Big Tech cuts to AI Ethics staff

With a new host of generative AI available to us, such as the popular ChatGPT developed by OpenAI and Google’s Bard, there should be sufficient ethical and safety frameworks to effectively safeguard users.

As recently reported by the Financial Times, a range of the biggest tech companies made several redundancies to cut costs in 2023, inclusive of staff overseeing AI ethics. Microsoft, Twitter, Google, Amazon and Meta have all followed suit, which arises concerns about long-term ethical safety.

I feel it is not sensible for the biggest tech players to remove responsible AI staff at a period where it seems to be required the most. But, is this a rational business decision where AI ethics could take a backseat amidst the current economic climate?

That’s a great point to draw attention to, and sadly I expect you are right that there is not enough focus on ethics and controls in the use of AI, and even if there was, I wonder how effective any controls can be as a rogue firm in another jurisdiction or on the dark web can just circumvent them. Companies can at least take responsibility for their own products and services sufficiently. The development of ethics in AI will be an interesting topic to follow in the coming years.

Despite the economic climate, it is so important that companies prioritize ethical considerations in the development and implementation of AI systems, given their growing influence in our lives. In fact, the recent controversies surrounding Facebook’s algorithmic amplification of harmful content and Google’s use of AI in military contracts highlight the urgent need for ethical safeguards in AI even more so!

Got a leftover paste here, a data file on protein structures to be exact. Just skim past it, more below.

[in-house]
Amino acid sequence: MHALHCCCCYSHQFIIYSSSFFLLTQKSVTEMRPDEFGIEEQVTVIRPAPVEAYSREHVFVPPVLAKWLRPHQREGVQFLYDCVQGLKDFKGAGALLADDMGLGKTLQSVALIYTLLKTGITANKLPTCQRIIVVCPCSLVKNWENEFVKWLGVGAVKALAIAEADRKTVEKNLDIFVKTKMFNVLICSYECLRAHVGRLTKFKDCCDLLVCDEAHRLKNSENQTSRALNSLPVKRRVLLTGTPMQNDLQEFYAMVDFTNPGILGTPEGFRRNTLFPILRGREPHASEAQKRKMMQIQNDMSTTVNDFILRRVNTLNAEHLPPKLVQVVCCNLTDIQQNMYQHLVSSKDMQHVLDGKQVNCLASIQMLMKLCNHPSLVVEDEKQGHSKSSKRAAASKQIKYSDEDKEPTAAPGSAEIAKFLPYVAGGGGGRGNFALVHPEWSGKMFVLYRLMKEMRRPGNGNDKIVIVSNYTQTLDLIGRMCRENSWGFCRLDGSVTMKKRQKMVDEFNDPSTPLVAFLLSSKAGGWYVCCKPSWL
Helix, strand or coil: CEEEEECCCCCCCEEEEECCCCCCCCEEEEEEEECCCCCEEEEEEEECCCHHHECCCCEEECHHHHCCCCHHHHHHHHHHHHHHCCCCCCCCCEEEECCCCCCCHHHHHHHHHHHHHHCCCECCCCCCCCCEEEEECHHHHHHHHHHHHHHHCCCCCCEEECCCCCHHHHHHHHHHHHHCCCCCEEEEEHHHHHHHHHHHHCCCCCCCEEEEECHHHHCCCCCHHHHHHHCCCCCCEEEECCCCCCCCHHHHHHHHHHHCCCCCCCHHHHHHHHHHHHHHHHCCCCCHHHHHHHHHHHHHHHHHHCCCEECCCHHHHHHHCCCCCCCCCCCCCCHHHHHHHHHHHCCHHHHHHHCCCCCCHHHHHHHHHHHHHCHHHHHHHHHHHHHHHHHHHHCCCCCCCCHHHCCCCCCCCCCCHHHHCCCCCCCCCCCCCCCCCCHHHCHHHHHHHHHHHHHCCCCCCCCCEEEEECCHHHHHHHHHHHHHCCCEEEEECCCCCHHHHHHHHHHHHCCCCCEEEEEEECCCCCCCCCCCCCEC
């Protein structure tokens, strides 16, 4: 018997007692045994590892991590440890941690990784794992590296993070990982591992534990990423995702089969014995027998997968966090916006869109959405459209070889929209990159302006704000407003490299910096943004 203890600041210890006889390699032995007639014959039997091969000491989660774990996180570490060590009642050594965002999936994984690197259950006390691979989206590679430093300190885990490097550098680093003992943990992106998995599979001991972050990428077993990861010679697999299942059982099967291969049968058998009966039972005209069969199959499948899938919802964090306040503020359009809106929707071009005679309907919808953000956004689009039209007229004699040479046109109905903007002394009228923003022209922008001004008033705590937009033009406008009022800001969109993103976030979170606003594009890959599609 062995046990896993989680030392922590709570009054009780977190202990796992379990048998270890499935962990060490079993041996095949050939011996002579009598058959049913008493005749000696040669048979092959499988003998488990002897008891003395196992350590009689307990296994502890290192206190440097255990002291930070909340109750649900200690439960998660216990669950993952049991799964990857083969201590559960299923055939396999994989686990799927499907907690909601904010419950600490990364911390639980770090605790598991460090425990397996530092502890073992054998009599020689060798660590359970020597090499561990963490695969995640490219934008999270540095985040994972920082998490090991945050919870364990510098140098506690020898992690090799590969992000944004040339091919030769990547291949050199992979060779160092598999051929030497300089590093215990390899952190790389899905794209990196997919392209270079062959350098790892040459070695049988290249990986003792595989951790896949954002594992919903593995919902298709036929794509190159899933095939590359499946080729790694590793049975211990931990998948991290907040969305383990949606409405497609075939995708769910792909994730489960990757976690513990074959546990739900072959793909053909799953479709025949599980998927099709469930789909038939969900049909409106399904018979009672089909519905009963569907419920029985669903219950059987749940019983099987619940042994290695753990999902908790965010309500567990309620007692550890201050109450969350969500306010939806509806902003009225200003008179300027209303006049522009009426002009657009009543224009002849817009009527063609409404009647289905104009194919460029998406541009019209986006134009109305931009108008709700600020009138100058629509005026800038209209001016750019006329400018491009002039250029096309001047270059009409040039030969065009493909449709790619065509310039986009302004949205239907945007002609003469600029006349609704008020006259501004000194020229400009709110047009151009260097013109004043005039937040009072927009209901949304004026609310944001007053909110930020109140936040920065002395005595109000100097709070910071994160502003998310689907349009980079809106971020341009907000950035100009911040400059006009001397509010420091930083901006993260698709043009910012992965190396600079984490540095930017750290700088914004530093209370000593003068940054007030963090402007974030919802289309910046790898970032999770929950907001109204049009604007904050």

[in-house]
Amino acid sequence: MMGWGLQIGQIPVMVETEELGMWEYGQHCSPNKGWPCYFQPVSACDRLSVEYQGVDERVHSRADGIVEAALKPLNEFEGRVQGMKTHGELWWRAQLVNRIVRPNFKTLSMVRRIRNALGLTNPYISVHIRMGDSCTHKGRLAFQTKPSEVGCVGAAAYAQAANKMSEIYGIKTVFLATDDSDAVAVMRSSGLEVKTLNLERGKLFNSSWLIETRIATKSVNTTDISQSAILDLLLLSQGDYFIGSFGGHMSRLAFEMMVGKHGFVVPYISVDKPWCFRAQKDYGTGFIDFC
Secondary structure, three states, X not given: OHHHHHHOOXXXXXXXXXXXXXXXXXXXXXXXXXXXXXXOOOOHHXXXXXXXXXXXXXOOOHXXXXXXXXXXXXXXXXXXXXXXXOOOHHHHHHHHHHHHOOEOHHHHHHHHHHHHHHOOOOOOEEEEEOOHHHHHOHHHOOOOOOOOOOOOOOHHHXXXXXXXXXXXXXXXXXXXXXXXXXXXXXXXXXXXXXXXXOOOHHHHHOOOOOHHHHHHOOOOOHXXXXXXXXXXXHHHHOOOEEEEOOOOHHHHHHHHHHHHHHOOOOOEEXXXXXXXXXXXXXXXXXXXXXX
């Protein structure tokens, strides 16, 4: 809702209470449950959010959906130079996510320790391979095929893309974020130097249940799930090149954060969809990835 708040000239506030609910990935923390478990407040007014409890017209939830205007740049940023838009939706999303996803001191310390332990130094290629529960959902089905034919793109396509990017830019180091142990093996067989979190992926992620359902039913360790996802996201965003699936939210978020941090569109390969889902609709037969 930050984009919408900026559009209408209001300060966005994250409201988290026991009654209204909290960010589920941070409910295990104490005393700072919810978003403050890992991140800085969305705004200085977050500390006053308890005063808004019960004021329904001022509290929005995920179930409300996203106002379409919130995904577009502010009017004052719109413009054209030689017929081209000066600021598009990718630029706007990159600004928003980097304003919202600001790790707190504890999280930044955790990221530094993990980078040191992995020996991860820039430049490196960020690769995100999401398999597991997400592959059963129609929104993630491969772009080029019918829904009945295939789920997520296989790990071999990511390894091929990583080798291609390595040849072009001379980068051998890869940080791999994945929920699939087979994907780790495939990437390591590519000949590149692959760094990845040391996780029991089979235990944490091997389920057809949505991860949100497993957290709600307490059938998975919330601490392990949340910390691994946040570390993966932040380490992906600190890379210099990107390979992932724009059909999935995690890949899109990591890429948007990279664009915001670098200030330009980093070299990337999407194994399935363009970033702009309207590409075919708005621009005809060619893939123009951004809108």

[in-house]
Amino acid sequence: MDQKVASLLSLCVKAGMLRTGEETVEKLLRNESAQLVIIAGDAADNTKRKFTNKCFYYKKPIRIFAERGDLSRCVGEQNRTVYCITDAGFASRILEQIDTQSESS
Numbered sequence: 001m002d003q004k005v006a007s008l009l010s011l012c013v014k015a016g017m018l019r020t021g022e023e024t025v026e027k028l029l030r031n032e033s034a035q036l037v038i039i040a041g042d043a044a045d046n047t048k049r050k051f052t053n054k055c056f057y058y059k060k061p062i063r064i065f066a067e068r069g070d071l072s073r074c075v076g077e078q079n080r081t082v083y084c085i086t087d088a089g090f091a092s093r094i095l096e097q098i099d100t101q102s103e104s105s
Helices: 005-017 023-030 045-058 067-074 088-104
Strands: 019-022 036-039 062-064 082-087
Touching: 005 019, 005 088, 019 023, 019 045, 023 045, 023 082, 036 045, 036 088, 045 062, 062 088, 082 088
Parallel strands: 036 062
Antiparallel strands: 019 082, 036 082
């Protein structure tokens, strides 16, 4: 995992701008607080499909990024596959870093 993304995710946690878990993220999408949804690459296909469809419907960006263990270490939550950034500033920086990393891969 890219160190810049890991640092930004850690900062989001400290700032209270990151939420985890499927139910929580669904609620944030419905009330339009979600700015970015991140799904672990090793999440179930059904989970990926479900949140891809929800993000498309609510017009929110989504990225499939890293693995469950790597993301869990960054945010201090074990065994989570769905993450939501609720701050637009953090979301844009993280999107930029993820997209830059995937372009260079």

As AI anxiety spreads, Washington has been pressuring Big Tech CEOs to ensure their products are safe. Kamala paid visits to Microsoft, Open Ai and Anthropic last week!

And going back to jobs at risk - IBM recently announced a temporary pause in hiring for approximately 8,000 positions that could potentially be automated by AI. The company believes that AI has the potential to replace almost a third of its non-customer-facing positions. Experts estimate that AI could affect up to 300 million jobs worldwide, while Goldman Sachs predicts that AI could contribute to a 7% increase in global GDP.

Could it be growth at the cost of stability?